I've already made a quilt for Cinco (yes, this will be our fifth grandchild and we don't know the gender) and given it to our dear DIL. But I continue to think about baby quilts.

Like the pattern on the left, for instance, which is a group of blocks that Marsha made. I don't know what Marsha's plan for these blocks might be, but don't you think that design would be darling for a baby quilt? I do. And, in fact, have picked up a couple of Aneela Hoey charm packs for just such a purpose.

Fortunately, there's a bit of a need for baby quilts at present. Besides Cinco, the strings teacher at school is expecting a girl (oh, perhaps the Marsha/Hoey quilt would be for her?) and another young friend is due in the autumn, and my friend from church has requested a baby quilt for the silent auction at the Oktoberfest.

Ever since I bought Emily Cier's Quilt Remix I've loved what she's done with the pinwheel block and wanted to do an interpretation of it. Prolly will mean -- gasp -- buying some fabric. But maybe not. What would you think about batiks and black for a [somewhat sophisticated] baby? With these pinwheely bubbles? Is that too bizarre an idea? Or should I hit The Old Country Store next weekend when I'm out at White Oak?  Brutal honesty is needed here. You know I don't want to shop unnecessarily!

In any event, get ready to see some baby quilts here in the next couple of months. And to read a Big Announcement when Cinco arrives!

Thursday, April 12, 2012


So, on my way home, on the day after the oven and microwave joined the disposal and the dishwasher in the kitchen appliance medical / surgical ward, I picked up my car which had been in for Pennsylvania State Inspection and 60,000 mile check-up (the latter being premature as she only has 58,390 miles). New rear brakes and something about a transmission drip pan later, I was $832 poorer, and still had yet to hear what was happening in my kitchen. Turned out that someone at the fifth or sixth place DH called actually answered the phone and agreed to send someone out.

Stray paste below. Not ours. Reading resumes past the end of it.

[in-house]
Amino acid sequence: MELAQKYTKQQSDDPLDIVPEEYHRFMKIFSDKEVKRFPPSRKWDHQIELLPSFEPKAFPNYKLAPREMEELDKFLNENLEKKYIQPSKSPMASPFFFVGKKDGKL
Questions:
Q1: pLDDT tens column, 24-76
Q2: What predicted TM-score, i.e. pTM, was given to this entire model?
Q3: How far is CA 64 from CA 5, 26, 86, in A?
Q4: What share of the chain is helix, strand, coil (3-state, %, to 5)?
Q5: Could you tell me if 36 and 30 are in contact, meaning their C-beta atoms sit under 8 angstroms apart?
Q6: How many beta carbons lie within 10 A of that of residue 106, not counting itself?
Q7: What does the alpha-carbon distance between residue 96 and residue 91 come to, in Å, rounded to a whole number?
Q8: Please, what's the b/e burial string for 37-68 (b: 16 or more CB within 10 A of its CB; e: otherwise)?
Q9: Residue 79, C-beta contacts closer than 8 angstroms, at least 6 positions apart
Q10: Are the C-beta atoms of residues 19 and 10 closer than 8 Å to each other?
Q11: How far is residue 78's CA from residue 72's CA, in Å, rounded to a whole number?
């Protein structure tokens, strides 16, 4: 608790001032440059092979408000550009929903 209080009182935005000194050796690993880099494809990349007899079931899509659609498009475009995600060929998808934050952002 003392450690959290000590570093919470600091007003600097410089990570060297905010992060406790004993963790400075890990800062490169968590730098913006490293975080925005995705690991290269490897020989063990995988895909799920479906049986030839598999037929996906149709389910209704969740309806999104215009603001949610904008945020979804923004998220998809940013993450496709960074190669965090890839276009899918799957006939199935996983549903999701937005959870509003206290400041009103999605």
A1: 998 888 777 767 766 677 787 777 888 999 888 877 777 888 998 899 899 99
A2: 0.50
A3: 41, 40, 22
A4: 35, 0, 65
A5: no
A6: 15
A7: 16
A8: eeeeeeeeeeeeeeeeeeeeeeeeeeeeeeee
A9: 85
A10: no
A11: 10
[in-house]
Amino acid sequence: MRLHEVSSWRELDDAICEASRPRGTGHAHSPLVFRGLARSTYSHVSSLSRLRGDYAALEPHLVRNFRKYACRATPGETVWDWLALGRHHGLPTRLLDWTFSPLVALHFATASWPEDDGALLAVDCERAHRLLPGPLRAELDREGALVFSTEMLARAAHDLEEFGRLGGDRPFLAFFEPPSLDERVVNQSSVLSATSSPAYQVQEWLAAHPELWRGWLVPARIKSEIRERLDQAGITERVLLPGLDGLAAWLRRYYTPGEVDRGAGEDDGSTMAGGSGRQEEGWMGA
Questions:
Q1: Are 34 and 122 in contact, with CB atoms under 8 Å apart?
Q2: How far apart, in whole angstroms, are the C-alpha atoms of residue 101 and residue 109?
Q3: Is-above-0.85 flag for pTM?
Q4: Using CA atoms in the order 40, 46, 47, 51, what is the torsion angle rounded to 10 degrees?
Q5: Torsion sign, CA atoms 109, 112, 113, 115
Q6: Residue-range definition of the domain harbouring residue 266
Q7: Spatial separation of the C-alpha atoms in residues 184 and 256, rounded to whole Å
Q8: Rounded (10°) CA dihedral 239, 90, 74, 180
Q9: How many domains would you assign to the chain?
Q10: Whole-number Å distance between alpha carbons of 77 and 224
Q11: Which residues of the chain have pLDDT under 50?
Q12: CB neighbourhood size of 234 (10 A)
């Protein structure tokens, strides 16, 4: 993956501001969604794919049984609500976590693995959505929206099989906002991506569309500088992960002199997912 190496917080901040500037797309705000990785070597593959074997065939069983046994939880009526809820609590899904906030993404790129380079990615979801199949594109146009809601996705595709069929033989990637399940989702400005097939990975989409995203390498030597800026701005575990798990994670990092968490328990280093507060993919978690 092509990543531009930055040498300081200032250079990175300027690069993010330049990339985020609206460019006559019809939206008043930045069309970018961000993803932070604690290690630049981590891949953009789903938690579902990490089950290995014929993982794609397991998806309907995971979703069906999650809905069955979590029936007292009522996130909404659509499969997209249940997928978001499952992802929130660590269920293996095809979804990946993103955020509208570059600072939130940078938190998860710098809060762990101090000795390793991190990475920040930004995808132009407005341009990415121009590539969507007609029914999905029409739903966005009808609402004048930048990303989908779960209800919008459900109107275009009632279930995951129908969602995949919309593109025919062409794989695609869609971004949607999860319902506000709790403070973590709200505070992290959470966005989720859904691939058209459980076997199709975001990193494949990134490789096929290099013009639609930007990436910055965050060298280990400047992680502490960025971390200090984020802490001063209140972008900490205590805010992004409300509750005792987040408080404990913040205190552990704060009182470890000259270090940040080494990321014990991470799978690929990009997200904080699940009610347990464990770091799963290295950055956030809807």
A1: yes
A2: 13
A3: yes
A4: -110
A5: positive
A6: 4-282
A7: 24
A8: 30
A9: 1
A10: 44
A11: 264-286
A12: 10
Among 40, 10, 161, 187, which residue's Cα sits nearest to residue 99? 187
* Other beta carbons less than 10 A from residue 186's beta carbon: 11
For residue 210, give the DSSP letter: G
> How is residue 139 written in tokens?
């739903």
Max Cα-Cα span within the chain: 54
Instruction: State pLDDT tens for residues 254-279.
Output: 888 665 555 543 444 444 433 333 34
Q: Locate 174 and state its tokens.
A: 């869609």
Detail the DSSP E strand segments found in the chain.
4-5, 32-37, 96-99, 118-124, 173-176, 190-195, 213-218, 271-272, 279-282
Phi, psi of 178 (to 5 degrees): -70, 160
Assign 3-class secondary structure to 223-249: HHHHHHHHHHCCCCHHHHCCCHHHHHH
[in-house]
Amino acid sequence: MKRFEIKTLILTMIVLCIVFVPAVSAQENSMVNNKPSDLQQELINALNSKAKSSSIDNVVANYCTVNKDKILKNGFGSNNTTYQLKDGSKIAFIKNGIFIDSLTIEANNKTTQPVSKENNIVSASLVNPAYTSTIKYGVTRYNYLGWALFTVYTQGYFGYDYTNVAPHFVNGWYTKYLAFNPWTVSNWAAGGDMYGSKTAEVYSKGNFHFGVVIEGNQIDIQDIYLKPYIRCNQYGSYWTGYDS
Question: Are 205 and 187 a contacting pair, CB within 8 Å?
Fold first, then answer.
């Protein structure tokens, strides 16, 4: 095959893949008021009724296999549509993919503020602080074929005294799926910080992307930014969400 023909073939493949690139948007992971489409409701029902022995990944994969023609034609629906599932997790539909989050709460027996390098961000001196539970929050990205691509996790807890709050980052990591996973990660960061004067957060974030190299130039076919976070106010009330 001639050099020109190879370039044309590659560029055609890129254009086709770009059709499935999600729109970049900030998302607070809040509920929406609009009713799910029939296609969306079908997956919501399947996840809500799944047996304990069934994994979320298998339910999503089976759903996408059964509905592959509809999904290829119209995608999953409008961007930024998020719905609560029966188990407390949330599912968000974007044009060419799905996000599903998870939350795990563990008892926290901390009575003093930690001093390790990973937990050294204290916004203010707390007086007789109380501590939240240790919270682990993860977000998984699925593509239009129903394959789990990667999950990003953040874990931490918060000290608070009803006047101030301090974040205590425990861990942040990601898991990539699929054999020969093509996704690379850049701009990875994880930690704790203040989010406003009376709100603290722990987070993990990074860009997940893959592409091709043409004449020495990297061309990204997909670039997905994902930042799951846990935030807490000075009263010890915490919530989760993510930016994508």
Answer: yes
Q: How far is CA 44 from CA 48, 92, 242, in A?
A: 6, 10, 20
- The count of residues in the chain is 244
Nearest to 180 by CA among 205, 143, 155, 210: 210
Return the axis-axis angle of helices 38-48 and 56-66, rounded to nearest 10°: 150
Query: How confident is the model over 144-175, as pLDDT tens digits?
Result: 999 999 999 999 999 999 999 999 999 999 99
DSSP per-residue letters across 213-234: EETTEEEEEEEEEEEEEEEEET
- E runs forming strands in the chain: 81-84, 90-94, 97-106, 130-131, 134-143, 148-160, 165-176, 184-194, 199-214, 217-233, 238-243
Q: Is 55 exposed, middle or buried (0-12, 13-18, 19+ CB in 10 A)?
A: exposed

$627 later, the dishwasher and disposal have received organ transplants of various sorts. The oven / microwave are still in surgery and I know these surgeons don't come cheap. Some reader suggested scrapping the microwave and getting a new one; I'd neglected to mention that the oven/microwave is an all-in-one wall unit, so it wasn't that easy.

I believe my salary increase for the coming year is gone in the space of one day. Along with our [miniscule] tax refund.

Oh, well. Nobody died and nobody's sick and my tuition for the upcoming White Oak getaway is paid in full. And I have enough fabric to last me until the cows come home for a little while. Soon (and very soon) I'll be able to bake me some yellow cupcakes with strawberry frosting, which have been in my mind.